Book review: Monsoon Minds by Ravi Nambiar

Author: Ravi Nambiar

Number of pages: 151

Published by: Partridge India

Published on: 16th November 2016

My rating: ★★★★/5




I received this book as a review copy from the author himself, through an Instagram giveaway contest. 

The book has 18 short stories indulging in the beautiful portrayal of various kinds of relationships, be it between humans or between a man and an inanimate object or be it between a woman and an animal. All the stories have been set in a fictional village called 'Bhavli' situated along the 'Bhavli' river in Southern India. 





Plotline:

The story 'A Rural Desire' is about an old and ailing woman and her secret desire to get her picture printed in the obituary column of the daily newspaper after her death. 'The Death of a Tree', 'Maayi', 'The Young Flower Vendor', 'A Family Affair' and 'The Confined Mind' are stories which display unanswerable relationships between people who are not family, separated by a huge difference in age, yet are bonded deeply. 'An Old Love Story' and 'By The Waves' are both simple stories about unrequited love. 'An Old Soul of Bhavli' and 'An Astral Journey' is about homecoming and nostalgia and finding where your roots are seated. While the author pens down about family relationships in the stories 'The Dream' and 'The Last Pilgrimage'; the author also describes a beautiful and trust-worthy relationship between a woman and her cow and how this relationship goes through the test of times when the village of Bhavli is flooded in the story 'A Divine Bonding'. In the story 'The God of a Mason', a mason realizes who his true God is and in 'An Unbearable Retirement' a soon-to-be retired teacher finds it difficult to separate from his beloved school.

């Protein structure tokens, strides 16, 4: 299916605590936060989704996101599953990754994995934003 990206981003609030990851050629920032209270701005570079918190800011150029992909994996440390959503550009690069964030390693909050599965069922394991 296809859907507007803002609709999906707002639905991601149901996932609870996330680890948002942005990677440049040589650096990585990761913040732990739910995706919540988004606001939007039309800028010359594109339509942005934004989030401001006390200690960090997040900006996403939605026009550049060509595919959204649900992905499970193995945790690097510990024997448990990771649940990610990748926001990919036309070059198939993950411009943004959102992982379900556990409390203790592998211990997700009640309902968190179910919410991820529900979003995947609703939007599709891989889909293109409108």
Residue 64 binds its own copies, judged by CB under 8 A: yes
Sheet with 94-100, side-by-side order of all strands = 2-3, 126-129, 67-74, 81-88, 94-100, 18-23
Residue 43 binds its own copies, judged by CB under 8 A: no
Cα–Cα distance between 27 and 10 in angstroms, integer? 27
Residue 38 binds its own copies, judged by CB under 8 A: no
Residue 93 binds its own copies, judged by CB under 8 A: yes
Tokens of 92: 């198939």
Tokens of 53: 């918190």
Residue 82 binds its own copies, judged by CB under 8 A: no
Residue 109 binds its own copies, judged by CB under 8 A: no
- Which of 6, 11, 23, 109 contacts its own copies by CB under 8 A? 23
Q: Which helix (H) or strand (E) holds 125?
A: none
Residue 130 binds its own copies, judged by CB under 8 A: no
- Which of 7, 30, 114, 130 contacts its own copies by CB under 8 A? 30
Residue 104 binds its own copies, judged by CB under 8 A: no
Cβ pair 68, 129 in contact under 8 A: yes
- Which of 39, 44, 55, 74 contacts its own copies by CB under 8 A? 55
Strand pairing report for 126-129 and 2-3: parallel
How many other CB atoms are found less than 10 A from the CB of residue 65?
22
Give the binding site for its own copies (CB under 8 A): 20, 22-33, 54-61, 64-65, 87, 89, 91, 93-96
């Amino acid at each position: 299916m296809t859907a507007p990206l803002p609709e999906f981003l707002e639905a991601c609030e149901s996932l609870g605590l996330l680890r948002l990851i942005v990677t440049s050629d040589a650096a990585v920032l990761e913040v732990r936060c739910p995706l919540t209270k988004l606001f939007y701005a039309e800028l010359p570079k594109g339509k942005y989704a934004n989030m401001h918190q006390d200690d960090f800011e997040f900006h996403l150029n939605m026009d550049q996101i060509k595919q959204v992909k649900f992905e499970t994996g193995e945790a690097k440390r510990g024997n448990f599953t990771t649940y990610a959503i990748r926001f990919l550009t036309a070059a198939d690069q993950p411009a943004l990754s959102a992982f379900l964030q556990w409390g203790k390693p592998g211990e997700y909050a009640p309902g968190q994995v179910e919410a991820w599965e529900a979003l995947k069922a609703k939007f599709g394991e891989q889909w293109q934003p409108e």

Writing Style:

Ravi Nambiar writes his stories in the most simple way possible. He describes his character's background as well as the context in which his characters are presented. The intricate relationships between his characters make sure that they get etched in your memory. Although, I must say that I found his narration a bit repetitive; and also the sentences are rather short. For instance, in 'An Old Love Story', a paragraph consists of just one sentence: 'Brother looked unhappy'. It would have been better if the author added a bit more about the context of brother's unhappiness. 

Overall, it was a good and refreshing read, different from the long novels. This book gives you an insight about various relationships and also the ways of the villagers in Southern India. The cover of the book totally justifies the beautiful fictional village and river, both named 'Bhavli'. 

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